Silent Ali was once a talented journalist. In the early 1980s, he used to write for Literature, a Bulgarian newspaper, and was one of its most promising contributors. His career was cut short by the Revival Process, the brutal nationalistic campaign waged by the communist government between 1984 and 1989 against the country’s Turkish-Bulgarian minority. The aim was simple but vicious enough: to erase the cultural identity of Bulgarian Turks (about 10 percent of the population and once citizens of the Ottoman Empire) by replacing their Muslim names with “pure” Bulgarian ones. Ali refused to lose his heritage and so instead he lost his job at the newspaper. He was lucky, of course: others were thrown in prison at the time and sent to labor camps for their resistance, some were murdered in cold blood. Even tombstones were not spared, the ancestors forcefully renamed in their death.
Watching events unfold, Ali gradually withdrew into himself, stopped talking to people, and moved to a small village in the Rhodope Mountains, where he took up beekeeping. Soon, he became known among his neighbors as a recluse, the Silent Ali. But that didn’t mean he had given up writing. Over the years he kept a meticulous journal of his life and thoughts, a historical record of his personal tragedy: the way a government turns against its own people and takes away their voices and their names, the way life’s absurdities pile upon one another until they become just normal life. To keep his journal and typewriter safe, Ali had to hide them inside one of his beehives – and it was there that another person found them years later, embalmed like an ancient mummy.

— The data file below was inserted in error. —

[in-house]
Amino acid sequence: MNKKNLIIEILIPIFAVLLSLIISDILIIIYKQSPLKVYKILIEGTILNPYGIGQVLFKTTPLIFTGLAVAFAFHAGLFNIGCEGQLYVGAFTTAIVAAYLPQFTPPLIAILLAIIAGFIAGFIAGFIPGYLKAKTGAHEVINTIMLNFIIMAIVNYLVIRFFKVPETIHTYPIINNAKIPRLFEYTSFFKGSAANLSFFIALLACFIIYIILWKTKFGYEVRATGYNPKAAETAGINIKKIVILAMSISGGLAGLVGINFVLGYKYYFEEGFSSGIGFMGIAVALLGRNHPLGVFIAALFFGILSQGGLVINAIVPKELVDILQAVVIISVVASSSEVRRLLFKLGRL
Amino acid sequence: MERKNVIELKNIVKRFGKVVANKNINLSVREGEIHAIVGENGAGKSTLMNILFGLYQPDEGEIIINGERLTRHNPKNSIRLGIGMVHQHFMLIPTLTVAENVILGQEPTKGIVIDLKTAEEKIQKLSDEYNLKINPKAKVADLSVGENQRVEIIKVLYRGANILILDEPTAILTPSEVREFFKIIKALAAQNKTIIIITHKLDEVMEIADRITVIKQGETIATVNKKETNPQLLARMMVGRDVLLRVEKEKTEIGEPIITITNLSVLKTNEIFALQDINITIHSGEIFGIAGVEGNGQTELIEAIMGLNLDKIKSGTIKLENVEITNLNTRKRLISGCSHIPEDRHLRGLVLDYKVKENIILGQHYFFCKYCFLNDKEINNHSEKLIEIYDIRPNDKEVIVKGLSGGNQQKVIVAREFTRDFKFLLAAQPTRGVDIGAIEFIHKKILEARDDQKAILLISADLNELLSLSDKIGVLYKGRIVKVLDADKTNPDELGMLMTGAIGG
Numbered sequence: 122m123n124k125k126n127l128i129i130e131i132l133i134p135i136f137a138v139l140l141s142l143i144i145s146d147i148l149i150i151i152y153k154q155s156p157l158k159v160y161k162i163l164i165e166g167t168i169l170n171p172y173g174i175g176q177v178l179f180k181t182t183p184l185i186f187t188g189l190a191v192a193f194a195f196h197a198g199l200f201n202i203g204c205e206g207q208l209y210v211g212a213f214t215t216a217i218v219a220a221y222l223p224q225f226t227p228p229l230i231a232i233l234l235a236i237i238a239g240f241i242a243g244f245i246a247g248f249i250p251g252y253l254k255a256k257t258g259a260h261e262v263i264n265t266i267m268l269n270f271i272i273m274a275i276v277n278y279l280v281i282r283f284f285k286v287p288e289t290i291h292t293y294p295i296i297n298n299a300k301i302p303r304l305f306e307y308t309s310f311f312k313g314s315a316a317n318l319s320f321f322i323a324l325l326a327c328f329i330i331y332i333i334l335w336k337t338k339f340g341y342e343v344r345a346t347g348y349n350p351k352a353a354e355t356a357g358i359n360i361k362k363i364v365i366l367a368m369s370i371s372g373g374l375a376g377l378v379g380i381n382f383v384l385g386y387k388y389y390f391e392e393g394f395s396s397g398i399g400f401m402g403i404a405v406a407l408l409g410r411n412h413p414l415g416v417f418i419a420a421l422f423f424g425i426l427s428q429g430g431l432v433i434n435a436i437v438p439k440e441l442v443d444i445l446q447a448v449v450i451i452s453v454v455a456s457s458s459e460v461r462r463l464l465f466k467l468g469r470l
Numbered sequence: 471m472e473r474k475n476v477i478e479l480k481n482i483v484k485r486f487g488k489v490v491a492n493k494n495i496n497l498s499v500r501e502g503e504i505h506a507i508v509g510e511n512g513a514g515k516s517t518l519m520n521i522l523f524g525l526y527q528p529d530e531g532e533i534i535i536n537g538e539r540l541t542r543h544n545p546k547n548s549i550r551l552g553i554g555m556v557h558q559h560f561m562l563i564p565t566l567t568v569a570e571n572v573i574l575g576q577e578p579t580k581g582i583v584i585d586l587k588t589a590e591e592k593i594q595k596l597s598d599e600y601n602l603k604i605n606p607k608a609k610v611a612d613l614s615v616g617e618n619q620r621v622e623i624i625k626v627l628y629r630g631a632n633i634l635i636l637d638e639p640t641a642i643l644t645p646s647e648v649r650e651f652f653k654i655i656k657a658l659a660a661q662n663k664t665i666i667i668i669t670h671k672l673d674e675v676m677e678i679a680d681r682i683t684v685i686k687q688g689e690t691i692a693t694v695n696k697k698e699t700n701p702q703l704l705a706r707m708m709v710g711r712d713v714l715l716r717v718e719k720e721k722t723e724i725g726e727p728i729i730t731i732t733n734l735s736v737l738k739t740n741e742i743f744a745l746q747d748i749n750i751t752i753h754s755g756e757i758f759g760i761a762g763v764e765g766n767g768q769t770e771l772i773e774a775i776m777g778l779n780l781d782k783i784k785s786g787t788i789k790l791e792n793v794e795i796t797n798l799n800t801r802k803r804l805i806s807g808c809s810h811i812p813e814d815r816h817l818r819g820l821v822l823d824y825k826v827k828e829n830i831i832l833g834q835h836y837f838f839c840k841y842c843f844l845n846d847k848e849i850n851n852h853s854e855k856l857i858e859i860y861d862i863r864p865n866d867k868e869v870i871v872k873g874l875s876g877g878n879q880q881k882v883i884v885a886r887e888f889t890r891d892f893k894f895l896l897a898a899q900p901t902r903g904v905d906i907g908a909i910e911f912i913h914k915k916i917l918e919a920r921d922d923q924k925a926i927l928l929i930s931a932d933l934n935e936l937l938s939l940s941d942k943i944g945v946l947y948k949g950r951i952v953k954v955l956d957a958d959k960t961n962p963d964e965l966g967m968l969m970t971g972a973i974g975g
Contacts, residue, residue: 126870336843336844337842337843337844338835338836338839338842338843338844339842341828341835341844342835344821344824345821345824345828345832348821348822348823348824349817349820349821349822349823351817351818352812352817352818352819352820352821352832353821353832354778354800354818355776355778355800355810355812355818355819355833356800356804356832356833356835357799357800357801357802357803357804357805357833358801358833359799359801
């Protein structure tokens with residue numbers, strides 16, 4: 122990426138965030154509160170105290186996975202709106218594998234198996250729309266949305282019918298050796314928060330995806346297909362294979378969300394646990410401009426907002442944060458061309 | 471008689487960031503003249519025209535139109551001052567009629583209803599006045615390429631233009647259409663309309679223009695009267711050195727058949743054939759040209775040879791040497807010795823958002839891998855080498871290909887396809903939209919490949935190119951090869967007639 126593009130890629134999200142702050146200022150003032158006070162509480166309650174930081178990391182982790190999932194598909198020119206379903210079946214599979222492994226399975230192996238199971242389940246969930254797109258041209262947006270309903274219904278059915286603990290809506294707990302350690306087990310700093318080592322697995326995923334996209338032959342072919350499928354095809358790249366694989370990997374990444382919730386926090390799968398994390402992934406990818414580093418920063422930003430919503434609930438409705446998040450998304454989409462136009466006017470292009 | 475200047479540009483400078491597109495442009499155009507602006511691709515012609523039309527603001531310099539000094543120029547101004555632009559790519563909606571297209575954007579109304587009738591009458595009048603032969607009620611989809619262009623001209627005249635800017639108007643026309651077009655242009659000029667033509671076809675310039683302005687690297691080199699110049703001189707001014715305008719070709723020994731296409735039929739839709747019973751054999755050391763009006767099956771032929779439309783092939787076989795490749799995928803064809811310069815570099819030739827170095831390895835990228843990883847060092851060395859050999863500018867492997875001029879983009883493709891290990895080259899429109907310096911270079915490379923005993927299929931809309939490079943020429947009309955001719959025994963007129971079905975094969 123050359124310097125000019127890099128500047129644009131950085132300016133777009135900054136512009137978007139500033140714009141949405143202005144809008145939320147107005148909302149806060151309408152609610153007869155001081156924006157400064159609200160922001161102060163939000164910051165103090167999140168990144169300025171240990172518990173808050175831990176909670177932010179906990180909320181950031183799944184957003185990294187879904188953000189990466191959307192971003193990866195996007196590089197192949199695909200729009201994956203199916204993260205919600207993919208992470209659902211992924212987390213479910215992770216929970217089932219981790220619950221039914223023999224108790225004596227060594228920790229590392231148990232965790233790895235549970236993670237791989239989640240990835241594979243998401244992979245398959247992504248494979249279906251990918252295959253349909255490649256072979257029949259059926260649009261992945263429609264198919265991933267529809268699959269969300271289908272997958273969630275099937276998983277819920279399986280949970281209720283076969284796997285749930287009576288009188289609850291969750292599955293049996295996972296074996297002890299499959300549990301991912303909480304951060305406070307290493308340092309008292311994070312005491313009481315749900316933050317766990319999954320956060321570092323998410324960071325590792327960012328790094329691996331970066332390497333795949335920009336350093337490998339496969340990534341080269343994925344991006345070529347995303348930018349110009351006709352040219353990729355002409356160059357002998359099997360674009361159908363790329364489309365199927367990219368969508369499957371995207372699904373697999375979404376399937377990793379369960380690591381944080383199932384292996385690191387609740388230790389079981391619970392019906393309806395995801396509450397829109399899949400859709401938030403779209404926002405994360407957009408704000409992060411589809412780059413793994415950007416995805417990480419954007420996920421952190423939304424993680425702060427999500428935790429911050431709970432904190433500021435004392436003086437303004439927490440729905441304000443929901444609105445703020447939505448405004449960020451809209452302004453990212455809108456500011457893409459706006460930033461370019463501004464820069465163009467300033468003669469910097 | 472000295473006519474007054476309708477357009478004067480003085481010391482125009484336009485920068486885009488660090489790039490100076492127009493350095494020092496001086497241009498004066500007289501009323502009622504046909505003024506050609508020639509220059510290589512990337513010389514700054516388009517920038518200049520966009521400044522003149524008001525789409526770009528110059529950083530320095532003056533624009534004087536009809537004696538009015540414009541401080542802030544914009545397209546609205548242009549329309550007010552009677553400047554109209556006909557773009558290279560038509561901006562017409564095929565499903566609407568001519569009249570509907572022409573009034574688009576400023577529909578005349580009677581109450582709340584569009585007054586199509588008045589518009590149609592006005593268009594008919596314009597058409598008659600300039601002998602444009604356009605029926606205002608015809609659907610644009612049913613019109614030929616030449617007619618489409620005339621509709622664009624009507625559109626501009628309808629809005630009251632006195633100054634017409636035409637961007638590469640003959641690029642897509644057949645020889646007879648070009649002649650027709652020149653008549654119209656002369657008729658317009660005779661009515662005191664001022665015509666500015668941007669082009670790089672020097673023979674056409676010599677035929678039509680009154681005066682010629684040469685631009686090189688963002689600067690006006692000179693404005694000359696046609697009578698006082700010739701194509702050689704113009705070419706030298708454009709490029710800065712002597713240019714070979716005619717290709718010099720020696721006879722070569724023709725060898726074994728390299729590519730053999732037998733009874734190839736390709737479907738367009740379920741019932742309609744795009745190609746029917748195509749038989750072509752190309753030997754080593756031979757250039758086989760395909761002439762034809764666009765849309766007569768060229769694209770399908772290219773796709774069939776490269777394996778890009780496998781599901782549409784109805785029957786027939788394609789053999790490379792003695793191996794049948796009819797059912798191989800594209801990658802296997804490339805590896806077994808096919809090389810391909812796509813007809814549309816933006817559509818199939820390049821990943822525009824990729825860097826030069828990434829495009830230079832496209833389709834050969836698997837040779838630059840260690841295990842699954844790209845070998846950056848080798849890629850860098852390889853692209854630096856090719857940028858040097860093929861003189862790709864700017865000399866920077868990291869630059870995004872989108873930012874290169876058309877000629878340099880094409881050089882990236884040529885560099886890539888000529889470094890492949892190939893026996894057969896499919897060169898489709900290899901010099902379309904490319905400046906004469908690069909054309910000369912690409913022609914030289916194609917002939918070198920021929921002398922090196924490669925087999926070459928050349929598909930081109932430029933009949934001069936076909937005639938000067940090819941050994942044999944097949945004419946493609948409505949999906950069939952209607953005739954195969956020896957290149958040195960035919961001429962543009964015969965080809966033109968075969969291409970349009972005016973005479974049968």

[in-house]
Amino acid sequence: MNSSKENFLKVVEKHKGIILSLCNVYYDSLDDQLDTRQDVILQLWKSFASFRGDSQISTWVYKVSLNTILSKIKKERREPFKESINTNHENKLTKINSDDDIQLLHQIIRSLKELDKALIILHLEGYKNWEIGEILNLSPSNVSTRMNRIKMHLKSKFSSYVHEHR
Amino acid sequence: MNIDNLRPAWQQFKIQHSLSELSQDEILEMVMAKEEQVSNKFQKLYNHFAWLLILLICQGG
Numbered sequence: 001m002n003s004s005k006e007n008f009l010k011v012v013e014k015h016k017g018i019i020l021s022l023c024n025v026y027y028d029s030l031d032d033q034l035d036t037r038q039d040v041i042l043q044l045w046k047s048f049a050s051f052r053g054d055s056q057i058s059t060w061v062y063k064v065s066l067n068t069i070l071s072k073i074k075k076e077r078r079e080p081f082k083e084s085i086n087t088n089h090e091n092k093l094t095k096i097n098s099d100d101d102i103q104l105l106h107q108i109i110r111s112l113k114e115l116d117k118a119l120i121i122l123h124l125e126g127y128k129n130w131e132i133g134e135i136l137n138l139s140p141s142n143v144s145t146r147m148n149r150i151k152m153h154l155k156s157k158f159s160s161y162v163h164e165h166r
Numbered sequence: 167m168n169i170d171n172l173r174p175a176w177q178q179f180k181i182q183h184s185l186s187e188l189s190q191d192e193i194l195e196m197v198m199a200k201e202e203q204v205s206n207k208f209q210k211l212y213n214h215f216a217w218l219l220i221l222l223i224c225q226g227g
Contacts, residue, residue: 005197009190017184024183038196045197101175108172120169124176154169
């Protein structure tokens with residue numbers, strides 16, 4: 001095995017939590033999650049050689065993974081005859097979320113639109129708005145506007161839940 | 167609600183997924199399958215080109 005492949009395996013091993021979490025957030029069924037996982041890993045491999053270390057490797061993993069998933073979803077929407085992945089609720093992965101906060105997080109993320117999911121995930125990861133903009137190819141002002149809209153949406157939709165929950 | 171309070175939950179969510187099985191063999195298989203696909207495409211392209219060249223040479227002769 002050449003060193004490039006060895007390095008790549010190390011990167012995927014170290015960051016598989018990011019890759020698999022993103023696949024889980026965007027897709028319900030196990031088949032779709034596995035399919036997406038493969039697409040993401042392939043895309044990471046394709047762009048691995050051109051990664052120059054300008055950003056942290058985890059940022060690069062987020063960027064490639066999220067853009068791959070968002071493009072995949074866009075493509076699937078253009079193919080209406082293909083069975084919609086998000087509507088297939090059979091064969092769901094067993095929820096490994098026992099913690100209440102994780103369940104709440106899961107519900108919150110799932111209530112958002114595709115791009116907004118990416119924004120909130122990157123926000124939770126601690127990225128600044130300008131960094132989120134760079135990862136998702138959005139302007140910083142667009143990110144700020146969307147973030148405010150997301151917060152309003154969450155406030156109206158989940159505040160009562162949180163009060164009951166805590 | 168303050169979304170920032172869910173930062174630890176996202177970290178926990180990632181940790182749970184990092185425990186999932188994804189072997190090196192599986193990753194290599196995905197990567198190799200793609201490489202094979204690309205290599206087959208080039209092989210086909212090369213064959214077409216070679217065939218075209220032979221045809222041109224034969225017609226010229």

That story is not true: it is fiction, the rough plot of the novel Under the Chestnuts by Ismail Yakup, a 71-year old Turkish-Bulgarian writer and president of the beekeeper society in Krumovgrad, a small town in the Rhodope Mountains of southeast Bulgaria. Like any good fiction, however, it is not false either.
Ismail’s career was cut short by the Revival Process. He used to be the head of the local Nar-Coop, a state-run cooperative, but in 1985, during the worst repressions, he was fired from the job and given a new, Bulgarian-sounding name: Vladimir Yankulov. His brother, Muharem, did not fare that well. He was sent away to the most notorious labor camp in Bulgaria, an island on the Danube River called Belene, for writing a poem against the communist dictator Todor Zhivkov.
“It was like the story about the man beating his donkey, trying to turn it into a horse,” Ismail tells me, remembering the Revival Process. “You can’t change nature with violence.”
These days, the repression against Bulgarian Turks is a shameful thing of the past. Ismail has taken back his old name and writes his books without fear of censorship. Bulgaria is a democratic state, and part of the European Union. Yet, the local community and its traditions are in danger once again, as violence against nature has resumed, this time literally.